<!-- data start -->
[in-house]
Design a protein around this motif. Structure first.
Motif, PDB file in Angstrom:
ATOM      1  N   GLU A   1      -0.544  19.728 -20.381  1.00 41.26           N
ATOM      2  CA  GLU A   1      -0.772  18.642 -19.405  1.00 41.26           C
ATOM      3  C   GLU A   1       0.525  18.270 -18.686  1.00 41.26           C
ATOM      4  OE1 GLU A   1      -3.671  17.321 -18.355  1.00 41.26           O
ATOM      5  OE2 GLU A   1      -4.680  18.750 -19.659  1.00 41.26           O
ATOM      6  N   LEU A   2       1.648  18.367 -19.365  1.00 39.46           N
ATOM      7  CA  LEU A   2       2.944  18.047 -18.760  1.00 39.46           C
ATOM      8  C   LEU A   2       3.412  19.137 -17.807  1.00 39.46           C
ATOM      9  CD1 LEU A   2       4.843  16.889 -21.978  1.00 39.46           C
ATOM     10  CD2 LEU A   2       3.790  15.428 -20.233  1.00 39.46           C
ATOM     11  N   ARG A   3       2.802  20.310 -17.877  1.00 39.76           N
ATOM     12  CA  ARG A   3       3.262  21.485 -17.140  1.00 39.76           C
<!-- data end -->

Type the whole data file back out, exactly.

[in-house]
Design a protein around this motif. Structure first.
Motif, PDB file in Angstrom:
ATOM      1  N   GLU A   1      -0.544  19.728 -20.381  1.00 41.26           N
ATOM      2  CA  GLU A   1      -0.772  18.642 -19.405  1.00 41.26           C
ATOM      3  C   GLU A   1       0.525  18.270 -18.686  1.00 41.26           C
ATOM      4  OE1 GLU A   1      -3.671  17.321 -18.355  1.00 41.26           O
ATOM      5  OE2 GLU A   1      -4.680  18.750 -19.659  1.00 41.26           O
ATOM      6  N   LEU A   2       1.648  18.367 -19.365  1.00 39.46           N
ATOM      7  CA  LEU A   2       2.944  18.047 -18.760  1.00 39.46           C
ATOM      8  C   LEU A   2       3.412  19.137 -17.807  1.00 39.46           C
ATOM      9  CD1 LEU A   2       4.843  16.889 -21.978  1.00 39.46           C
ATOM     10  CD2 LEU A   2       3.790  15.428 -20.233  1.00 39.46           C
ATOM     11  N   ARG A   3       2.802  20.310 -17.877  1.00 39.76           N
ATOM     12  CA  ARG A   3       3.262  21.485 -17.140  1.00 39.76           C